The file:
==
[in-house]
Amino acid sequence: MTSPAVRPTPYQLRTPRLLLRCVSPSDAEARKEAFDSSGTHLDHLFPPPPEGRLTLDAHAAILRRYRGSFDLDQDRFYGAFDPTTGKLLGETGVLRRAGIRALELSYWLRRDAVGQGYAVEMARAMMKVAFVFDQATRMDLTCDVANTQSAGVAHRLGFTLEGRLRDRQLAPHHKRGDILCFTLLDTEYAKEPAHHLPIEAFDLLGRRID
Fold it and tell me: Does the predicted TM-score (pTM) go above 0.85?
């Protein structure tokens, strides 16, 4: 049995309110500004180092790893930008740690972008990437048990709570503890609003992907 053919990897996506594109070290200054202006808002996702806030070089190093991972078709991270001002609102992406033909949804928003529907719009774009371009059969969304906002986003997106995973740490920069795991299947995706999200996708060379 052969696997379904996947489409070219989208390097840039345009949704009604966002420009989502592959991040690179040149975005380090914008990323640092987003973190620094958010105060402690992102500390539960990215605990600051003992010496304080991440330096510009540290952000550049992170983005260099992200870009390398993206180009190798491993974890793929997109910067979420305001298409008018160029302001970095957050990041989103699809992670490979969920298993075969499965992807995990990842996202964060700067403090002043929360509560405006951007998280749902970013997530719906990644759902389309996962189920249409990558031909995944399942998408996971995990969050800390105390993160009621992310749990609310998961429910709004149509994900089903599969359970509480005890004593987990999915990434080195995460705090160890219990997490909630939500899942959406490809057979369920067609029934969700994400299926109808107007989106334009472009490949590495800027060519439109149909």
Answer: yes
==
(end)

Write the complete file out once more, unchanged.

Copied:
[in-house]
Amino acid sequence: MTSPAVRPTPYQLRTPRLLLRCVSPSDAEARKEAFDSSGTHLDHLFPPPPEGRLTLDAHAAILRRYRGSFDLDQDRFYGAFDPTTGKLLGETGVLRRAGIRALELSYWLRRDAVGQGYAVEMARAMMKVAFVFDQATRMDLTCDVANTQSAGVAHRLGFTLEGRLRDRQLAPHHKRGDILCFTLLDTEYAKEPAHHLPIEAFDLLGRRID
Fold it and tell me: Does the predicted TM-score (pTM) go above 0.85?
């Protein structure tokens, strides 16, 4: 049995309110500004180092790893930008740690972008990437048990709570503890609003992907 053919990897996506594109070290200054202006808002996702806030070089190093991972078709991270001002609102992406033909949804928003529907719009774009371009059969969304906002986003997106995973740490920069795991299947995706999200996708060379 052969696997379904996947489409070219989208390097840039345009949704009604966002420009989502592959991040690179040149975005380090914008990323640092987003973190620094958010105060402690992102500390539960990215605990600051003992010496304080991440330096510009540290952000550049992170983005260099992200870009390398993206180009190798491993974890793929997109910067979420305001298409008018160029302001970095957050990041989103699809992670490979969920298993075969499965992807995990990842996202964060700067403090002043929360509560405006951007998280749902970013997530719906990644759902389309996962189920249409990558031909995944399942998408996971995990969050800390105390993160009621992310749990609310998961429910709004149509994900089903599969359970509480005890004593987990999915990434080195995460705090160890219990997490909630939500899942959406490809057979369920067609029934969700994400299926109808107007989106334009472009490949590495800027060519439109149909």
Answer: yes